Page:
MOSCOW (Reuters) - Tens of thousands of Russians marched through central Moscow on Sunday, carrying banners declaring “I am not afraid” and chanting “Russia without Putin” in memory of murdered Kremlin critic Boris Nemtsov.
Families, the old and young walked slowly, with many holding portraits of the opposition politician and former deputy prime minister who was shot dead while walking home from a nearby restaurant on Friday night.
The authorities have suggested the opposition itself may have been behind his shooting in an attempt to create a martyr and unite the fractured movement.
His supporters have blamed the authorities.
“If we can stop the campaign of hate that’s being directed at the opposition, then we have a chance to change Russia. If not, then we face the prospect of mass civil conflict,” Gennady Gudkov, an opposition leader, told Reuters.
“The authorities are corrupt and don’t allow any threats to them to emerge. Boris was uncomfortable for them.”
His murder has divided opinion in a country where for years after the Soviet Union collapsed many yearned for the stability later brought by former KGB agent Vladimir Putin.
A small but active opposition now says Putin’s rule has become an autocracy that flaunts international norms after Russia seized Ukraine’s Crimea peninsula last year, fanned nationalism over the separatist war in eastern Ukraine and clamped down on dissent.
“(Nemtsov) was harmful to the authorities, but the authorities themselves are criminal. The authorities have trampled on all international rights, seized Crimea, started war with Ukraine,” said Yuri Voinov, an elderly physicist.
Police said 21,000 people attended the march. The organisers put the numbers at tens of thousands, but attendance appeared smaller than the 50,000 people the opposition had hoped for.
Reuters reporters at the march estimated the numbers in the tens of thousands.
People walked in the rain within view of the Kremlin’s red walls and past the spot, now covered in flowers, where Nemtsov was shot dead.
Some carried large banners carrying Nemtsov’s face reading “Heroes Never Die”, the same slogan used in Ukraine to celebrate more than 100 people killed in protests that overthrew Moscow-leaning President Viktor Yanukovich a year ago.
One elderly woman, her hair tucked into a woollen cap, held up a hand-written sign to cover her face: “It’s a geopolitical catastrophe when a KGB officer declares himself president for life. Putin resign!”
Putin has vowed to pursue those who killed Nemtsov, calling the murder a “provocation”.
National investigators who answer to the Russian leader offered a 3-million-rouble reward, around 32,387 pounds for information on Nemtsov’s death. They say they are pursuing several lines of inquiry, including the possibility that Nemtsov, a Jew, was killed by radical Islamists or that the opposition killed him to blacken Putin’s name.
Nemtsov’s funeral is due to be held on Tuesday in Moscow.
Putin’s opponents say such suggestions, repeated over pro-Kremlin media, show the cynicism of Russia’s leaders as they whip up nationalism, hatred and anti-Western hysteria to rally support for his policies on Ukraine and deflect blame for an economic crisis.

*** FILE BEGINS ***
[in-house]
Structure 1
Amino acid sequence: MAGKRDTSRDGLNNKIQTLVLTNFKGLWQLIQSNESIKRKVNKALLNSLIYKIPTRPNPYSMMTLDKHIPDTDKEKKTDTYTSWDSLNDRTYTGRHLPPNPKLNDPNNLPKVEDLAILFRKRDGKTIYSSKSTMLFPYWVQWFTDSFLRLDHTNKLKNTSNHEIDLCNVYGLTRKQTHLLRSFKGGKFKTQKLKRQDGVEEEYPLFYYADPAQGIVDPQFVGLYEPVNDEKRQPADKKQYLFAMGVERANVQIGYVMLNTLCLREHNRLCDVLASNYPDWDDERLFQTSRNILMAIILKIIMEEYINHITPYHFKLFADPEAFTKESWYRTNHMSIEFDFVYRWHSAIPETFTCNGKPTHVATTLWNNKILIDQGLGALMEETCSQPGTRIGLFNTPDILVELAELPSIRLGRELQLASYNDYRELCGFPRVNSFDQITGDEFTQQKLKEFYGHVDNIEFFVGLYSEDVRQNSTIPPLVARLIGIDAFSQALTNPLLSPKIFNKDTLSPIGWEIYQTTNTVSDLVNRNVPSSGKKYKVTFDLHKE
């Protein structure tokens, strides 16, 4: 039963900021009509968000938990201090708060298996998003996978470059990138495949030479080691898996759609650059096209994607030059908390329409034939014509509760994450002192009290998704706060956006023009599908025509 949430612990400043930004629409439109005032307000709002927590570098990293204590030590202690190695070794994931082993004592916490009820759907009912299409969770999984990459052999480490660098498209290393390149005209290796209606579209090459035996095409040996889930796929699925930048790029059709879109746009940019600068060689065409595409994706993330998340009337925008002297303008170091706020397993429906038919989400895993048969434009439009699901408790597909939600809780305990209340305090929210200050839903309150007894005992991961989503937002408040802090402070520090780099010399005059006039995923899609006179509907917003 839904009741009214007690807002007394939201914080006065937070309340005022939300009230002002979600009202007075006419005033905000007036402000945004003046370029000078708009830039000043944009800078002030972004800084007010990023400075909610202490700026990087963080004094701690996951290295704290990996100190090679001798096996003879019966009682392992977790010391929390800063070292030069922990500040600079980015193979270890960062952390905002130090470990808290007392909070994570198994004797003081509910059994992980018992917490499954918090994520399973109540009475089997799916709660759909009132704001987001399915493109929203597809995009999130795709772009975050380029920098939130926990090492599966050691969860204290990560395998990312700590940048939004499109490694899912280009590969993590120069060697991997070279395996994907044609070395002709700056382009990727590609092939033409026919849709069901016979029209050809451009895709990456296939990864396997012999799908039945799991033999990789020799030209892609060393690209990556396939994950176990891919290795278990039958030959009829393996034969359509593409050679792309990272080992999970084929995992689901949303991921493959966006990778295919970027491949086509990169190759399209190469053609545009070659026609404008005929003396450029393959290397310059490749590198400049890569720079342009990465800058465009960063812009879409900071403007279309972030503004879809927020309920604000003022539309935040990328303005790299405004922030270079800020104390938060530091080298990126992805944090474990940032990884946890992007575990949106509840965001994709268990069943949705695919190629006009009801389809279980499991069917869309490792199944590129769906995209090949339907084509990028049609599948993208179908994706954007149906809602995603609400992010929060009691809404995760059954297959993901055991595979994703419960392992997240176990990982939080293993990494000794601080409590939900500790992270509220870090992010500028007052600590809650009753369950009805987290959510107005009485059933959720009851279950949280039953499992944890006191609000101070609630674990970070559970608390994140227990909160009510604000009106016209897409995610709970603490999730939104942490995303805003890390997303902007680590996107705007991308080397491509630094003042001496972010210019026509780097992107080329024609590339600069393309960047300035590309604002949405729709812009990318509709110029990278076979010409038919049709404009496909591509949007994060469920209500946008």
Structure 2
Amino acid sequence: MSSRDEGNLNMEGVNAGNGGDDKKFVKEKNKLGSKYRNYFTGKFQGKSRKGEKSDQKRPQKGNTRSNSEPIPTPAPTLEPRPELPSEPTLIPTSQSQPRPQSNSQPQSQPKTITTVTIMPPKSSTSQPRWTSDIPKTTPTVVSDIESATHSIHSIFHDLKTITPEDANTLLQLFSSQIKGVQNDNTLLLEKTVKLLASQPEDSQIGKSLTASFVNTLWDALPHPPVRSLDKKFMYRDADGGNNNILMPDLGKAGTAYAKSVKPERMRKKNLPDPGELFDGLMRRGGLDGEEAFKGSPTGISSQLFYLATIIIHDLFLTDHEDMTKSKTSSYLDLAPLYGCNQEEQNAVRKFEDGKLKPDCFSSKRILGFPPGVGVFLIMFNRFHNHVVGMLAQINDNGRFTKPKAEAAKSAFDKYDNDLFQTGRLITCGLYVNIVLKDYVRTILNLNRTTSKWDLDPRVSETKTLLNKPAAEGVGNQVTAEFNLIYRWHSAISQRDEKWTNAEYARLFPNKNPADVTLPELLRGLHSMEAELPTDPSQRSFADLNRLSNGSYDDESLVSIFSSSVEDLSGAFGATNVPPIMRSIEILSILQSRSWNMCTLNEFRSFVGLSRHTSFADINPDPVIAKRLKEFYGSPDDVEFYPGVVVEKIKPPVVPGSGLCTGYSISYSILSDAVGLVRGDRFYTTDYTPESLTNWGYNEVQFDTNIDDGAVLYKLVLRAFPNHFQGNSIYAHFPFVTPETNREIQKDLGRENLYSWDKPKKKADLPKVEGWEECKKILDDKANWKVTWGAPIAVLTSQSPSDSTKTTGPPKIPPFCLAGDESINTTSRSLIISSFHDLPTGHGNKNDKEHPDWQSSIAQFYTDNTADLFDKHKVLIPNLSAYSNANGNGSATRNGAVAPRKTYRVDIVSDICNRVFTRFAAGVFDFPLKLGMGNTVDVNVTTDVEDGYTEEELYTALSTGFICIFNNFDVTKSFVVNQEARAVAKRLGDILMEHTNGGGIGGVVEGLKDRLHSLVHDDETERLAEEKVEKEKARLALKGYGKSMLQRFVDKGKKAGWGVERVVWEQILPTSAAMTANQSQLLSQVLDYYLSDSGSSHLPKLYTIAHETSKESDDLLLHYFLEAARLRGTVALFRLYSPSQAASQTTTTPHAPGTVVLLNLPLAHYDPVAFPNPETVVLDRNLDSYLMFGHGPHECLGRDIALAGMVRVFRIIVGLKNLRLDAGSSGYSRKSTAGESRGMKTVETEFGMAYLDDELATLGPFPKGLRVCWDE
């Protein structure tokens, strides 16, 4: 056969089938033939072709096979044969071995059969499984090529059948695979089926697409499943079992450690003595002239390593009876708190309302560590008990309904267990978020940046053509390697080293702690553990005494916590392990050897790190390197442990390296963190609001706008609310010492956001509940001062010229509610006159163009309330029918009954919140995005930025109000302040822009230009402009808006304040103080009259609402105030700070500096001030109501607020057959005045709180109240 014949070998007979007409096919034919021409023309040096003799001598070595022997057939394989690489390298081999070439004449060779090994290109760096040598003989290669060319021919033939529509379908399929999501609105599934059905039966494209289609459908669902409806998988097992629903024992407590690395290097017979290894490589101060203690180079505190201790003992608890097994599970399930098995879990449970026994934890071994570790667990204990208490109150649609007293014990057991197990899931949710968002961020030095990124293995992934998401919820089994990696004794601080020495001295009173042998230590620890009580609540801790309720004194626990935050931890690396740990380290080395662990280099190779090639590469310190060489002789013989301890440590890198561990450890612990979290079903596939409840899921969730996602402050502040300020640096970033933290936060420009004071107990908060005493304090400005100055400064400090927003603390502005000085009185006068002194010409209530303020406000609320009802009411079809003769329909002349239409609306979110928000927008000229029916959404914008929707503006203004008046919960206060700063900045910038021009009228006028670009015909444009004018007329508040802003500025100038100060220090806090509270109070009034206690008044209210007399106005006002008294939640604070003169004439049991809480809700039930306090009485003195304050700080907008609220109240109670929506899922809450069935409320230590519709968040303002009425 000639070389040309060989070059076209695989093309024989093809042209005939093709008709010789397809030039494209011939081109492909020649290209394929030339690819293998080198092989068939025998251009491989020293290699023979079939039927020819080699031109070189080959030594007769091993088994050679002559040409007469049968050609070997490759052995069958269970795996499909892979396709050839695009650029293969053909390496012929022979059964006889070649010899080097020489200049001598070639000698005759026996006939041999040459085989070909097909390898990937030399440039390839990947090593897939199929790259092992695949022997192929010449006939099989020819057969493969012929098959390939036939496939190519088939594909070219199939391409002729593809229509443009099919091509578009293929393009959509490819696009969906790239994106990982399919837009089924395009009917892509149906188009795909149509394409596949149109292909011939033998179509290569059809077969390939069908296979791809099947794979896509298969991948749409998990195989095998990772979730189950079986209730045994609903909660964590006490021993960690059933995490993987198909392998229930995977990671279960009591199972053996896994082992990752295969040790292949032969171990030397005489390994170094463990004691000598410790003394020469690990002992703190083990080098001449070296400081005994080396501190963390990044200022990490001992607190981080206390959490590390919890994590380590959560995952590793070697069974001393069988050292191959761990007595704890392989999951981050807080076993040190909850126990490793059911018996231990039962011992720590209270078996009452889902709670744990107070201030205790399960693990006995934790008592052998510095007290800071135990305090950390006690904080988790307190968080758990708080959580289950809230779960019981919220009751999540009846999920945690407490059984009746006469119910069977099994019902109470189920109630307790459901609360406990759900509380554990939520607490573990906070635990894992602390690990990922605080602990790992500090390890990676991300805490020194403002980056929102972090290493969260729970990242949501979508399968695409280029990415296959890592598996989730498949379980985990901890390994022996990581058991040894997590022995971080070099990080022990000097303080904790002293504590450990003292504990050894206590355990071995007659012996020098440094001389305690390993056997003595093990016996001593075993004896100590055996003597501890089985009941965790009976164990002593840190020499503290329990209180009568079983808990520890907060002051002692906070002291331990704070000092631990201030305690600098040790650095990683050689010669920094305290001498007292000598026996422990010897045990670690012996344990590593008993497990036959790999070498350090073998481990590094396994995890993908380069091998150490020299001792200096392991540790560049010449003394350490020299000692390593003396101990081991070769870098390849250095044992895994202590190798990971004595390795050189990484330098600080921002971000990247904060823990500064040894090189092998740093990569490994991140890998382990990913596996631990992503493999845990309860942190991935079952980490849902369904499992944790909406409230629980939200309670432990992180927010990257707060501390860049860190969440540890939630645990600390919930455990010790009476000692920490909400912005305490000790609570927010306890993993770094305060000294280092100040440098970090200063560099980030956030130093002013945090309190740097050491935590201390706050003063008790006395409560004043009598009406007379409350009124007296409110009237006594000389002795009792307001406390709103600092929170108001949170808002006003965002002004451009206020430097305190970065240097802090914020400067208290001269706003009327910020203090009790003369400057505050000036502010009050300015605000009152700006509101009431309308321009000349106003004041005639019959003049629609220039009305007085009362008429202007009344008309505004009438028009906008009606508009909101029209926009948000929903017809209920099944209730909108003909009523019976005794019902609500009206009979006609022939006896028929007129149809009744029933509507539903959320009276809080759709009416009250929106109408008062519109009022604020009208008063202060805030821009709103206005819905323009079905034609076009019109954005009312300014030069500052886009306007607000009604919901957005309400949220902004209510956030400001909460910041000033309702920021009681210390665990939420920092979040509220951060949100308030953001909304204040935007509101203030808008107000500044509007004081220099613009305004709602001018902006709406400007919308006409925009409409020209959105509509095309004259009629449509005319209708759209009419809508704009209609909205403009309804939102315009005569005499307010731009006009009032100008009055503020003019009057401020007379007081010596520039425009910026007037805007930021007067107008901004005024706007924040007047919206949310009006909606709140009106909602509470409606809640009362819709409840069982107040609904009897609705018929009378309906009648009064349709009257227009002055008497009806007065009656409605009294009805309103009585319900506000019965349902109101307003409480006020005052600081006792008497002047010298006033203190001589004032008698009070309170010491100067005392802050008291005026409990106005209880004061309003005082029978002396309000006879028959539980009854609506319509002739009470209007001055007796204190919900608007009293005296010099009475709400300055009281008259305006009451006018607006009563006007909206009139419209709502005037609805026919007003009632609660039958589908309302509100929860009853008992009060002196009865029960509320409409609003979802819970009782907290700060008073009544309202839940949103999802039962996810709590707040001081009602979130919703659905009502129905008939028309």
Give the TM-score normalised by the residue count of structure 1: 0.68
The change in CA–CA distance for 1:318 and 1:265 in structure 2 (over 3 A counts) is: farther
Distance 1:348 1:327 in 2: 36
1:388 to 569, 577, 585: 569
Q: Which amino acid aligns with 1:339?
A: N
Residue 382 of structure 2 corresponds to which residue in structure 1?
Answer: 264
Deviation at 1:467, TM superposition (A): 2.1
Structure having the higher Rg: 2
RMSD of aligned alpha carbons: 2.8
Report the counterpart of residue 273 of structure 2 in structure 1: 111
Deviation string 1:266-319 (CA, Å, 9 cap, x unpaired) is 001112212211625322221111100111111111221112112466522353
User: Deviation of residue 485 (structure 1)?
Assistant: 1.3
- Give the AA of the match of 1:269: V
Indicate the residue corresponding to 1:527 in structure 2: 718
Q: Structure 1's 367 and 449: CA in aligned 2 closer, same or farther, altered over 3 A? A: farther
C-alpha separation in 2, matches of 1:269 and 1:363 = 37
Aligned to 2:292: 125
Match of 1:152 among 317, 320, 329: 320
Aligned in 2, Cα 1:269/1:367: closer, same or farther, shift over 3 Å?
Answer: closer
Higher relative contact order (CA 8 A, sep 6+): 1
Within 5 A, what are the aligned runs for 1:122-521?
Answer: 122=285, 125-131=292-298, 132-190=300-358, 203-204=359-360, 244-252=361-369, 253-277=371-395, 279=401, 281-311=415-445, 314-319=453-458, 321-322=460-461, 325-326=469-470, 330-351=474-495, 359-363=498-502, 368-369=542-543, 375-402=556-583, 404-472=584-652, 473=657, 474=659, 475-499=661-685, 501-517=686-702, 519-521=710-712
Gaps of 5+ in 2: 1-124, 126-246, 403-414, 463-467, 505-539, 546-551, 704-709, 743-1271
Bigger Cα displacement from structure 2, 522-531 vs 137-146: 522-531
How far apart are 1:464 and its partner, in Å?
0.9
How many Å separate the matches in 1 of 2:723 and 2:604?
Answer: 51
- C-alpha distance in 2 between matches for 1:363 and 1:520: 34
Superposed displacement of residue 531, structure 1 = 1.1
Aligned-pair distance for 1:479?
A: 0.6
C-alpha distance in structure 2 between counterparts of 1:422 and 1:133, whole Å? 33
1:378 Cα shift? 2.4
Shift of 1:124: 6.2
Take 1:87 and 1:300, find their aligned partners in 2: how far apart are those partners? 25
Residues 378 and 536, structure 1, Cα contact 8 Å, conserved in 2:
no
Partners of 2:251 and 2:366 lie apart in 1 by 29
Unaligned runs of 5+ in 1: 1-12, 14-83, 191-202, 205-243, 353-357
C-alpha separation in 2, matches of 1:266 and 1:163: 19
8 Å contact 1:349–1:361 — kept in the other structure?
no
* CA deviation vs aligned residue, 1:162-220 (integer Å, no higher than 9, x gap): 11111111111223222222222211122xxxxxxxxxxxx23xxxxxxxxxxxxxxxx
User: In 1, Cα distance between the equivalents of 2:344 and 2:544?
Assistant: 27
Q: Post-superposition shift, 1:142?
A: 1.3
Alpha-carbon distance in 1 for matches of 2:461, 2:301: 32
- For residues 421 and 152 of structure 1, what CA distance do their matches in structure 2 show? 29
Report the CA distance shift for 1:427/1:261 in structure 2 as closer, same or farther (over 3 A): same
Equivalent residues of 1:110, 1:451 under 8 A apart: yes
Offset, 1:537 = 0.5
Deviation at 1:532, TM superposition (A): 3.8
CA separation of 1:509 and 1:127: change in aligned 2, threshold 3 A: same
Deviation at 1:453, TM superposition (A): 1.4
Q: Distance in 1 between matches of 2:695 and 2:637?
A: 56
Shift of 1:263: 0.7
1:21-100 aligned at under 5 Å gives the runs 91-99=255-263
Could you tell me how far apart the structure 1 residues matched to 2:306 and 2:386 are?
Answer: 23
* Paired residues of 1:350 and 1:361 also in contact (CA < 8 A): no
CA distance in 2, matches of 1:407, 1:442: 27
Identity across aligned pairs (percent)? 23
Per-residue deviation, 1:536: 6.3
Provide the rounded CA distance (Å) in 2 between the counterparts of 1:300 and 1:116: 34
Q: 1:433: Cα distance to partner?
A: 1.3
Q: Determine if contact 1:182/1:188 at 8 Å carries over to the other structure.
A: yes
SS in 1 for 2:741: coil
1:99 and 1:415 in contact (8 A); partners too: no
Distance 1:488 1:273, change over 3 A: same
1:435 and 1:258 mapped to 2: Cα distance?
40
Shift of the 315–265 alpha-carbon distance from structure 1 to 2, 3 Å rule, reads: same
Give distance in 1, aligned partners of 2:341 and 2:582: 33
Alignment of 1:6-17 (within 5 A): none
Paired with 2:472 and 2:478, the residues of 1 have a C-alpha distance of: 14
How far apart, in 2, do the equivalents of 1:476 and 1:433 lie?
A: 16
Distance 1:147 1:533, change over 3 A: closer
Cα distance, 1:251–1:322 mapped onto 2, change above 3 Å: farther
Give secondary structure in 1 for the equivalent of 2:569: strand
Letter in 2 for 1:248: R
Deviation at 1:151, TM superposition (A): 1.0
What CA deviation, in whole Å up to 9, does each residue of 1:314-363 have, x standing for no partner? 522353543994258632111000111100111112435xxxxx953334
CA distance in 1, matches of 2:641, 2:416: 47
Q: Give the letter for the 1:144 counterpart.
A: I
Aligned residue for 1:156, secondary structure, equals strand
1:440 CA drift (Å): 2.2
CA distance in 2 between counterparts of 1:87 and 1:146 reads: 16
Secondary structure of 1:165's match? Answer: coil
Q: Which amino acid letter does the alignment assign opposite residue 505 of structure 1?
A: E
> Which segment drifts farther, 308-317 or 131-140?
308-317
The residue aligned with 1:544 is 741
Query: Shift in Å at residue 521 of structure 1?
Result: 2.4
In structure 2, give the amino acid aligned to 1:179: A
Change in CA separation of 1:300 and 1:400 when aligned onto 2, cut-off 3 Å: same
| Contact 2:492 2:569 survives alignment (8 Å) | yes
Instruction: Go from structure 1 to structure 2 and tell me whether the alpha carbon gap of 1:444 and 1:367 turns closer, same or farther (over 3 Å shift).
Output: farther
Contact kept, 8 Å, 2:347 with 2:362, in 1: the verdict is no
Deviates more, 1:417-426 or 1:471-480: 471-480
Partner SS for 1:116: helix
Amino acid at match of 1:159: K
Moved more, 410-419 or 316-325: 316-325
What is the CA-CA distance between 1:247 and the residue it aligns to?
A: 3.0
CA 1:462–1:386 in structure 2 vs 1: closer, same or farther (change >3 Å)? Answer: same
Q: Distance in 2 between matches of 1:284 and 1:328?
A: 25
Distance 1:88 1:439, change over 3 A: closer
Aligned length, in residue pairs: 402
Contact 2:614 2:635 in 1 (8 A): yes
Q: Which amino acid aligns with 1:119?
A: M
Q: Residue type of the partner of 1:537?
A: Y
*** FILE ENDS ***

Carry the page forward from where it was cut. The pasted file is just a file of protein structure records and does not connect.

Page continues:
“We are told on TV that a conspiracy by the West and those among us who have sold out to them are behind our poverty. People should throw away the TV set and go to protest,” said Olga, 42, who declined to give her last name.
Some Muscovites have accepted the official line and appear to agree that the opposition, struggling to make an impact after a clampdown on dissent in Putin’s third spell as president, might have killed one of their own.
“The authorities definitely do not benefit from this. Everybody had long forgotten about this man, Nemtsov ... It is definitely a ‘provocation’,” said one Moscow resident, who gave his name only as Denis.
Some young people walking in central Moscow asked: “Who is Nemtsov anyway?”
Nemtsov, who was 55, was one of the leading lights of a divided opposition struggling to revive its fortunes, three years after mass rallies against Putin failed to prevent him returning to the presidency after four years as prime minister.
With an athletic build and characteristic mop of curly hair, Nemtsov had been a face of the opposition for years, along with anti-corruption blogger Alexei Navalny and former prime minister Mikhail Kasyanov, though no one figure has succeeded in uniting the ranks of opposition-minded Muscovites.
The opposition has little support outside big cities and Putin has now been Russia’s dominant leader since 2000, when ailing President Boris Yeltsin chose him as his successor, a role Nemtsov had once been destined to play.
Even many of Putin’s opponents have little doubt that he will win another six years in power at the next election, due in 2018, despite a financial crisis aggravated by Western economic sanctions over the Ukraine crisis and a fall in oil prices.
Many opposition leaders have been jailed on what they say are trumped-up charges, or have fled the country.
Nemtsov, a fighter against corruption who said he feared Putin may want him dead, had hoped to start the opposition’s revival with a march he had been planning for Sunday against Putin’s economic policies and Russia’s role in east Ukraine.
The Kremlin denies sending arms or troops to Ukraine.
In a change of plan, the opposition said Moscow city authorities had allowed a march of up to 50,000 people alongside the River Moskva to commemorate Nemtsov’s death.
Ukrainian President Petro Poroshenko said Nemtsov had told him about two weeks ago that he planned to publish evidence of Russian involvement in Ukraine’s separatist conflict.
Additional reporting by Vladimir Soldatkin, Alexander Winning and Katya Golubkova, Writing by Timothy Heritage, Elizabeth Piper and Thomas Grove,; Editing by Philippa Fletcher